The Kierkegaard Seminar

Course content

AUTUMN 2017: Fear and Trembling

This course will provide an opportunity for students to work with some of the basic themes in Kierkegaard’s authorship through a close reading of one of his central works, Fear and Trembling(1843). This work is one of Kierkegaard’s most dense works, comprising intense lyrical pages, a reworking of the biblical story of Abraham, complex reflections the relationship between ethics and religion, and perhaps most importantly a careful analysis of how to exist as an individual in terms of and against the norms of society. The course aims to provide students with a nuanced understanding of fundamental aspects of Kierkegaard’s thought (e.g. ethics, anxiety, the paradox, despair, faith, the absurd, and selfhood) through a close reading of this book. The systematic focus will be on the relation between individuality and society (autonomous existence and heteronomous norms), and on how to make sense of Kierkegaard’s Christian philosophy in a contemporary secular context.

Learning outcome

The close reading of this central work will provide the student with a solid introduction to Kierkegaard’s philosophy, and to his peculiar existential way of doing philosophy. The student will also be engaged with central questions in contemporary philosophy that have informed and shaped the way we approach and use Kierkegaard today. Moreover, since Kierkegaard’s thought is firmly rooted in a Christian foundation, the student will work with the issue of how understand and deal with religious arguments in a secular discussion. 

 

Teaching and learning methods

The sessions are structured as a combination of reading and discussion with a focus on engaging the student. The students are required to prepare one question or critical comment for each session. These questions will encourage and guide the discussion in class. The student can expect a lively and systematically oriented teacher who will attempt to make the issues both interesting and relevant to a contemporary setting while maintaining a substantial theoretical level and the necessary historical perspective.

Course ECTS credits 15

 

 

                                                            Please note: First lesson will take place 28 August 2017.

 

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SPRING 2018: Reading Concluding Unscientific Postscript

Content

This course will provide an opportunity for students to work with some of the basic themes in Kierkegaard’s authorship through a close reading of one of his central works, Concluding Unscientific Postscript. This book is a monumental work in terms of pages numbers, complexity, and the important role it plays in Kierkegaard’s authorship. Interpreters speak about a before and an after the Postscript, and it is commonly accepted that Kierkegaard’s thought went through a significant development in writing this book. The course aims to provide students with a nuanced understanding of fundamental aspects of Kierkegaard’s thought (e.g. existence, subjectivity, ethics, faith, irony, anxiety, despair, and humor) through a close reading of this book. The systematic focus will be on the notion of existence, and in particular on how to make sense of Kierkegaard’s Christian philosophy in a contemporary secular context.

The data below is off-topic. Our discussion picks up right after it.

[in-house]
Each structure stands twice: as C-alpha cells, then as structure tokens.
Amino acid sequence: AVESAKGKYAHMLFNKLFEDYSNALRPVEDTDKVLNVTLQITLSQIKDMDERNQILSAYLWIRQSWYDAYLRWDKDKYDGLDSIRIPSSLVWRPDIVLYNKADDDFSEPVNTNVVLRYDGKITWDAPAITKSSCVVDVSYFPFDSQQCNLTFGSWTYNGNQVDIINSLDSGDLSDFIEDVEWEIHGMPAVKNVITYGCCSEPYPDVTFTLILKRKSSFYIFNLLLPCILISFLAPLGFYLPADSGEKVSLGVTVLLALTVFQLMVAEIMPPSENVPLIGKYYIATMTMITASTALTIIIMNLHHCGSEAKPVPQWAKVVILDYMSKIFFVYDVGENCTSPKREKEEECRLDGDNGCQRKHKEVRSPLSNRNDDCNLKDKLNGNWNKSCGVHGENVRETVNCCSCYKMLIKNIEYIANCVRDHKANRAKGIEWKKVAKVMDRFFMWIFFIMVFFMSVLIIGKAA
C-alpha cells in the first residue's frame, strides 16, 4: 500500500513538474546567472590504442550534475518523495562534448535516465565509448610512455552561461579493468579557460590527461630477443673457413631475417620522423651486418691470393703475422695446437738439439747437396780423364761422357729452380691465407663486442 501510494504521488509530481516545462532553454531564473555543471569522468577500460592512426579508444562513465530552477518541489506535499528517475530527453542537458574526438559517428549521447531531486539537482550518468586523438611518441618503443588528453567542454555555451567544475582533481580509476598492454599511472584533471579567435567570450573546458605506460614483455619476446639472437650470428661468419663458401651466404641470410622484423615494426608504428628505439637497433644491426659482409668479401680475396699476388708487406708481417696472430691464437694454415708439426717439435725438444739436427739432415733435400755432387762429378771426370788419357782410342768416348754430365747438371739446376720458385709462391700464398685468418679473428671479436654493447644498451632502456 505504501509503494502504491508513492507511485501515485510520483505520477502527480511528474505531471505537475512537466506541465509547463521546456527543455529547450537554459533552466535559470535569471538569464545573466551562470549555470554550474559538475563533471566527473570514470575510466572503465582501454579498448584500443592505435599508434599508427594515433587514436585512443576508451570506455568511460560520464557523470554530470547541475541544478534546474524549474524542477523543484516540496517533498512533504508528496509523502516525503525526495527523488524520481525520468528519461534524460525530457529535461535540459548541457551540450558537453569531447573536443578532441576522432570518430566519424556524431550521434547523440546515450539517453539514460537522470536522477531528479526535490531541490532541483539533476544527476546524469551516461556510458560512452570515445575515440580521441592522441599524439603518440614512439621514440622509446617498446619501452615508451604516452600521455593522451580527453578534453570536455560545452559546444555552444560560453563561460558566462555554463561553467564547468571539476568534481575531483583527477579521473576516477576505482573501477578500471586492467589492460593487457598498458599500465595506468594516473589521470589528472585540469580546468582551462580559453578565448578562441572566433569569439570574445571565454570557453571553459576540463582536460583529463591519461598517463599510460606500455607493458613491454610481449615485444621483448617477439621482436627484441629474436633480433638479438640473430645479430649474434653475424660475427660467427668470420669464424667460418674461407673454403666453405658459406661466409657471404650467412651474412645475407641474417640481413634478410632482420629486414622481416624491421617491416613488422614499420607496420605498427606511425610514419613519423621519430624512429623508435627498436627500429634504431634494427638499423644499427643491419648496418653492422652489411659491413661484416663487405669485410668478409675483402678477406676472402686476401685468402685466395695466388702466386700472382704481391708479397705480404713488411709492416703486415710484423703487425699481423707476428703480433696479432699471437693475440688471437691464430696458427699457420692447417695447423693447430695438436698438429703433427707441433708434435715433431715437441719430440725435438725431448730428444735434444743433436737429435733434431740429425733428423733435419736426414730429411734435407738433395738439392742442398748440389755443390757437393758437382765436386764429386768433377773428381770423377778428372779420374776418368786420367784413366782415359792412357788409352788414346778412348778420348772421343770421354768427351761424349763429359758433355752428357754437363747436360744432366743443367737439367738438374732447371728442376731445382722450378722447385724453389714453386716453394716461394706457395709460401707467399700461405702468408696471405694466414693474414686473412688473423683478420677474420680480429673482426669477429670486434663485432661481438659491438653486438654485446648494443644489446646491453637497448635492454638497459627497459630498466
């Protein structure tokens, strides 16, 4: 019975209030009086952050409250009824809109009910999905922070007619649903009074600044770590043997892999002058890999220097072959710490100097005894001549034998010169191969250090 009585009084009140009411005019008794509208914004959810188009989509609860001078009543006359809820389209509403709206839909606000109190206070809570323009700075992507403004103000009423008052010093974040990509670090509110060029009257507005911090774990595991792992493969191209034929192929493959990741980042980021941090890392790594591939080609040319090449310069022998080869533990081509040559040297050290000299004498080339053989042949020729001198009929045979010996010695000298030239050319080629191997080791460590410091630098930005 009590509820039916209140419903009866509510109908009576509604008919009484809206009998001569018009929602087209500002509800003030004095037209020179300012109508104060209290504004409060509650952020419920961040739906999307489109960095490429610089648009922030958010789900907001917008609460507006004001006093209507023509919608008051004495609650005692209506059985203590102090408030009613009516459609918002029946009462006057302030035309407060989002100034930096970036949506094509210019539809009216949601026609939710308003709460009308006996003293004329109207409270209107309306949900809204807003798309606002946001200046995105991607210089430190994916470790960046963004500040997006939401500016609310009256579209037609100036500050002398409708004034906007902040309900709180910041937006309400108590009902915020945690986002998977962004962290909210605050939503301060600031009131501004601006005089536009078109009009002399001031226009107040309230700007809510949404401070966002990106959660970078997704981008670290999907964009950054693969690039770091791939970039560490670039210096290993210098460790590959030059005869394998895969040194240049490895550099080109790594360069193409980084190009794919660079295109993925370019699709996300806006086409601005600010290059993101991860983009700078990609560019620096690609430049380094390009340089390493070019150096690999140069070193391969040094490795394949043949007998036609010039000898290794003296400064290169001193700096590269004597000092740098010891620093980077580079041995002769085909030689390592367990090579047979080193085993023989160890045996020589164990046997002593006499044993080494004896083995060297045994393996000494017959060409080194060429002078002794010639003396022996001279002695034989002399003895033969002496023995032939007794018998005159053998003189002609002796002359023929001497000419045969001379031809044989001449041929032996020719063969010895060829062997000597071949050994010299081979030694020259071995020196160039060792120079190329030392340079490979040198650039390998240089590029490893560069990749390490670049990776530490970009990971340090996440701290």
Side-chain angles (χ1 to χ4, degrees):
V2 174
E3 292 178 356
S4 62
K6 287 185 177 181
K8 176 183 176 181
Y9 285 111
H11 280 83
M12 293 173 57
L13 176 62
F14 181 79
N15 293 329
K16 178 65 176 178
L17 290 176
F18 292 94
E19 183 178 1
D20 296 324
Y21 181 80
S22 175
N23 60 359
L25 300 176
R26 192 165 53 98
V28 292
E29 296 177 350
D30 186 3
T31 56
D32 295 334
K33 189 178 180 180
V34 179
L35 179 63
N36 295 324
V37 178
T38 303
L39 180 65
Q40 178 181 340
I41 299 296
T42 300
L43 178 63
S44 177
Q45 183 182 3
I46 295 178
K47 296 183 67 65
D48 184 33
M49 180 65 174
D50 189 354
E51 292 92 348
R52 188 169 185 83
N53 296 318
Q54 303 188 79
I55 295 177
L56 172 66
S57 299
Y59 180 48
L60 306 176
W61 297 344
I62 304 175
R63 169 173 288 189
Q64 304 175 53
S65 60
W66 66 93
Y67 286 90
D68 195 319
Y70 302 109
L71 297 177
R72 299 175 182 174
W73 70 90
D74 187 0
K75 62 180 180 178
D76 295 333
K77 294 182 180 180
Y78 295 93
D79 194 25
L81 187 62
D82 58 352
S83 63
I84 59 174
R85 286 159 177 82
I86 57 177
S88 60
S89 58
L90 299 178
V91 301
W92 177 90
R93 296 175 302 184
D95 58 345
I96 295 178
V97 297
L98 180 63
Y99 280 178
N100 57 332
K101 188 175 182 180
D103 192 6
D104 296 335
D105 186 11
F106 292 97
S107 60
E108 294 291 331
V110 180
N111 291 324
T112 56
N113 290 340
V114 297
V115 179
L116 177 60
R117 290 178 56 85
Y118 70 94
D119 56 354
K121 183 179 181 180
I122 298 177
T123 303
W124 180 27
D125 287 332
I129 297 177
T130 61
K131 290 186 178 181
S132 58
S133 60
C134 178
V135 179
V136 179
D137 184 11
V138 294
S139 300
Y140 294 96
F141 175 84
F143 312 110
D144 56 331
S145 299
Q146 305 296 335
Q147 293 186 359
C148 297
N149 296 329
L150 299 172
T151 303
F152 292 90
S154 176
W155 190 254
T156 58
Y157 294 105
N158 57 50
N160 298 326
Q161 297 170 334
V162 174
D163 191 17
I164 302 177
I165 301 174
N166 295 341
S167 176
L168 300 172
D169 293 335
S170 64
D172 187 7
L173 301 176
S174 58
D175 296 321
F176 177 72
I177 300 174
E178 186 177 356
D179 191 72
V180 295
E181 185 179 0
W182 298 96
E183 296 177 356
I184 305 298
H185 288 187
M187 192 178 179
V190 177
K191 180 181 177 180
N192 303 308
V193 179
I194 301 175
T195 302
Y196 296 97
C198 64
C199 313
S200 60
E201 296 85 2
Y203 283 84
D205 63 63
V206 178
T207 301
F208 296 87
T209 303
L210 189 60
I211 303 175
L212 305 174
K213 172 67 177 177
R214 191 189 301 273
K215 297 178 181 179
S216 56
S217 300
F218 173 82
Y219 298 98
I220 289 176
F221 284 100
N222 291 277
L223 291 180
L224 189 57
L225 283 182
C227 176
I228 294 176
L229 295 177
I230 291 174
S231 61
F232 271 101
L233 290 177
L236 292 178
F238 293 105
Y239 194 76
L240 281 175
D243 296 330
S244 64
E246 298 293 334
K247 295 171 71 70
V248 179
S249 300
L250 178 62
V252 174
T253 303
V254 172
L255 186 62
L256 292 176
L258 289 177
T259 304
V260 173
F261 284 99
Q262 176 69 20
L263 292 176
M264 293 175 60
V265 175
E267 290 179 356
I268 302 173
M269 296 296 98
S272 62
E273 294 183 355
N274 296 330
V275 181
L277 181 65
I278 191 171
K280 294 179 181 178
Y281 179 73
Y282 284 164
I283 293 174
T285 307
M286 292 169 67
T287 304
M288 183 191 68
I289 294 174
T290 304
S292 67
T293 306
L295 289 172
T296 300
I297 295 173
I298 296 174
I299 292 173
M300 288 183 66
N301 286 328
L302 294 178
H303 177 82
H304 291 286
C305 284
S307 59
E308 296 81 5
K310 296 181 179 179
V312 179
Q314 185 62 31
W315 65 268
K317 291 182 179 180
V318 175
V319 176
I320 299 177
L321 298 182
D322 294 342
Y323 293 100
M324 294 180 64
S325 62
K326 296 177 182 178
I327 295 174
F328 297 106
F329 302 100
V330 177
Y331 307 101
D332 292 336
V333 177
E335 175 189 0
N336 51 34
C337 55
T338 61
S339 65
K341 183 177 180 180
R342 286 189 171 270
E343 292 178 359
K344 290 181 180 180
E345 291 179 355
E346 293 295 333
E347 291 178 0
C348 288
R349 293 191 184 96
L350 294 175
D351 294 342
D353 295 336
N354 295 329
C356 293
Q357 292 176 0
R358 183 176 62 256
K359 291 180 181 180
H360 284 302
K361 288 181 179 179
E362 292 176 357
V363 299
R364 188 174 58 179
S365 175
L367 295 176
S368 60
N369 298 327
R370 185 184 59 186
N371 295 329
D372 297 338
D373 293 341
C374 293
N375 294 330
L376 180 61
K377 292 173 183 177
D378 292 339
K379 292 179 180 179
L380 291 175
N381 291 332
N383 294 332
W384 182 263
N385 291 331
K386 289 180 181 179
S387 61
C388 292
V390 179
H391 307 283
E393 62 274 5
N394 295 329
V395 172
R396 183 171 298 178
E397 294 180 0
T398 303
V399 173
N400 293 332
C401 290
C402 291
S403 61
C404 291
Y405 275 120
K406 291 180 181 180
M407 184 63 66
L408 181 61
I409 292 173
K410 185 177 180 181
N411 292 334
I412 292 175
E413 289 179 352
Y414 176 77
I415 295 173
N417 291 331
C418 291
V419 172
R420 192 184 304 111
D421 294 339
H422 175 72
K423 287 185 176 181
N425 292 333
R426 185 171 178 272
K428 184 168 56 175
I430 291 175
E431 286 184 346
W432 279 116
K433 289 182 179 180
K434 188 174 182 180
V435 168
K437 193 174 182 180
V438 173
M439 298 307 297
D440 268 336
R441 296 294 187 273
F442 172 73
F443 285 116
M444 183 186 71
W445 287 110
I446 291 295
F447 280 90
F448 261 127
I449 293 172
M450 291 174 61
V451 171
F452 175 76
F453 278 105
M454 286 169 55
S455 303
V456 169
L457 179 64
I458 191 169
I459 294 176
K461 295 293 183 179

Learning outcome

The close reading of this central work will provide the student with a solid introduction to Kierkegaard’s philosophy, and to his peculiar existential way of doing philosophy. The student will also be engaged with central questions in contemporary philosophy that have informed and shaped the way we approach and use Kierkegaard today. Moreover, since Kierkegaard’s thought is firmly rooted in a Christian foundation, the student will work with the issue of how understand and deal with religious arguments in a secular discussion.  

 

Teaching and learning methods

The sessions are structured as a combination of reading and discussion with a focus on engaging the student. The students are required to prepare one question or critical comment for each session. These questions will encourage and guide the discussion in class. The student can expect a lively and systematically oriented teacher who will attempt to make the issues both interesting and relevant to a contemporary setting while maintaining a substantial theoretical level and the necessary historical perspective.

 

Course ECTS credits 15

AUTUMN 2017: Fear and Trembling

1. Søren Kierkegaard. Fear and Trembling, trans. Alastair Hannay. London: Penguin Books 1985/ Søren Kierkegaard. Frygt og Bæven. København: GAD 1997 (for students capable of reading Danish).

2. Arne Grøn. The Concept of Anxiety in Kierkegaard. Macon, GA: Mercer University Press 2008.

3. Dan Conway (ed.). Kierkegaard's Fear and Trembling: A Critical Guide. Cambridge: Cambridge. University Press 2015.

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SPRING 2018: Reading Concluding Unscientific Postscript

1. Søren Kierkegaard. Fear and Trembling, trans. Alastair Hannay. London: Penguin Books 1985/ Søren Kierkegaard. Frygt og Bæven. København: GAD 1997 (for students capable of reading Danish).

2. Arne Grøn. The Concept of Anxiety in Kierkegaard. Macon, GA: Mercer University Press 2008.

3. Rick Anthony Furtak (ed.). Kierkegaard's Concluding Unscientific Postscript: A Critical Guide. Cambridge: Cambridge University Press 2015.

ECTS
15 ECTS
Type of assessment
Written assignment
Marking scale
7-point grading scale

Single subject courses (day)

  • Category
  • Hours
  • Class Instruction
  • 28
  • English
  • 28